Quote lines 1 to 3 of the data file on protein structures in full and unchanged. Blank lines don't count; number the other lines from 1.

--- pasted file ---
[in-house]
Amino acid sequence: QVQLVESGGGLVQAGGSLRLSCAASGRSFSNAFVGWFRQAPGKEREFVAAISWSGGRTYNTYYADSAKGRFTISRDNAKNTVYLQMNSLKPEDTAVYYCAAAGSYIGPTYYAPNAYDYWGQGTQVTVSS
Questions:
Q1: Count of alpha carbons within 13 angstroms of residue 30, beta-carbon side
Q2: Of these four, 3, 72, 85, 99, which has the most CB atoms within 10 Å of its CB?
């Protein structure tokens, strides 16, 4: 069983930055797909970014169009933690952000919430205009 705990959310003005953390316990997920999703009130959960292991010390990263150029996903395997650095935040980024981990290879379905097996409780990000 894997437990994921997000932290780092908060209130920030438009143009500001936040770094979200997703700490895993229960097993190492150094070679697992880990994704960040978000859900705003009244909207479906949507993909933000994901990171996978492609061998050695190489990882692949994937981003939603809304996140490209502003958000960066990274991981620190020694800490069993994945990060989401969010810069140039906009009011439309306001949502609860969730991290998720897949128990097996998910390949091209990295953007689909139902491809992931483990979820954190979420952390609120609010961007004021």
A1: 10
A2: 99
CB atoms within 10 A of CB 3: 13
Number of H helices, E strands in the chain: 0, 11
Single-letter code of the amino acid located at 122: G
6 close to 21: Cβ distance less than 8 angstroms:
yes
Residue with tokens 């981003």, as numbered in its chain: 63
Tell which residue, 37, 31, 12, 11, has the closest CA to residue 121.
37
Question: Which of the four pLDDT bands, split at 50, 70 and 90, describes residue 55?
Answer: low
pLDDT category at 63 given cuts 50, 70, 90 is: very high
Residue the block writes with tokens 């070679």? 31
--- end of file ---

[in-house]
Amino acid sequence: QVQLVESGGGLVQAGGSLRLSCAASGRSFSNAFVGWFRQAPGKEREFVAAISWSGGRTYNTYYADSAKGRFTISRDNAKNTVYLQMNSLKPEDTAVYYCAAAGSYIGPTYYAPNAYDYWGQGTQVTVSS
Questions: